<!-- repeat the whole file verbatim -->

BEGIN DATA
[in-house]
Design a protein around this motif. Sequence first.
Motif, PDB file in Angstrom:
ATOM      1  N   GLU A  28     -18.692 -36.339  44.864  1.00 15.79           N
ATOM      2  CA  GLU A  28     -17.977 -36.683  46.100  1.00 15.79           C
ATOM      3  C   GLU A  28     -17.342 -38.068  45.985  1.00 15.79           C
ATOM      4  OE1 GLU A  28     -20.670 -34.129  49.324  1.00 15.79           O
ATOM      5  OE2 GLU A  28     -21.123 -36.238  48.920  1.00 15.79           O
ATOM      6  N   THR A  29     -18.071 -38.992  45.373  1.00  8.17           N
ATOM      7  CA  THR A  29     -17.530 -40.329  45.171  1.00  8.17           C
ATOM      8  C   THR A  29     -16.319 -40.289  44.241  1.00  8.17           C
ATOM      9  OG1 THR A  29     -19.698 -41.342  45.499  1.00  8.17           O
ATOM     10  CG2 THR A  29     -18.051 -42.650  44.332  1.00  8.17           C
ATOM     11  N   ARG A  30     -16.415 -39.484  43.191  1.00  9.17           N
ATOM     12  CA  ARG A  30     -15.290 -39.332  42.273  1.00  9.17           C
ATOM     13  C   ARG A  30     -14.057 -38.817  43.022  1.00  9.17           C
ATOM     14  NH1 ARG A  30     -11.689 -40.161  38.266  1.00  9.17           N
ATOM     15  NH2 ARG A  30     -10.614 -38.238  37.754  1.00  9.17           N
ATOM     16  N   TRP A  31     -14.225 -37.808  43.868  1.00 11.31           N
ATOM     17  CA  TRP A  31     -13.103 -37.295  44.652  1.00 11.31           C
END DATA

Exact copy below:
[in-house]
Design a protein around this motif. Sequence first.
Motif, PDB file in Angstrom:
ATOM      1  N   GLU A  28     -18.692 -36.339  44.864  1.00 15.79           N
ATOM      2  CA  GLU A  28     -17.977 -36.683  46.100  1.00 15.79           C
ATOM      3  C   GLU A  28     -17.342 -38.068  45.985  1.00 15.79           C
ATOM      4  OE1 GLU A  28     -20.670 -34.129  49.324  1.00 15.79           O
ATOM      5  OE2 GLU A  28     -21.123 -36.238  48.920  1.00 15.79           O
ATOM      6  N   THR A  29     -18.071 -38.992  45.373  1.00  8.17           N
ATOM      7  CA  THR A  29     -17.530 -40.329  45.171  1.00  8.17           C
ATOM      8  C   THR A  29     -16.319 -40.289  44.241  1.00  8.17           C
ATOM      9  OG1 THR A  29     -19.698 -41.342  45.499  1.00  8.17           O
ATOM     10  CG2 THR A  29     -18.051 -42.650  44.332  1.00  8.17           C
ATOM     11  N   ARG A  30     -16.415 -39.484  43.191  1.00  9.17           N
ATOM     12  CA  ARG A  30     -15.290 -39.332  42.273  1.00  9.17           C
ATOM     13  C   ARG A  30     -14.057 -38.817  43.022  1.00  9.17           C
ATOM     14  NH1 ARG A  30     -11.689 -40.161  38.266  1.00  9.17           N
ATOM     15  NH2 ARG A  30     -10.614 -38.238  37.754  1.00  9.17           N
ATOM     16  N   TRP A  31     -14.225 -37.808  43.868  1.00 11.31           N
ATOM     17  CA  TRP A  31     -13.103 -37.295  44.652  1.00 11.31           C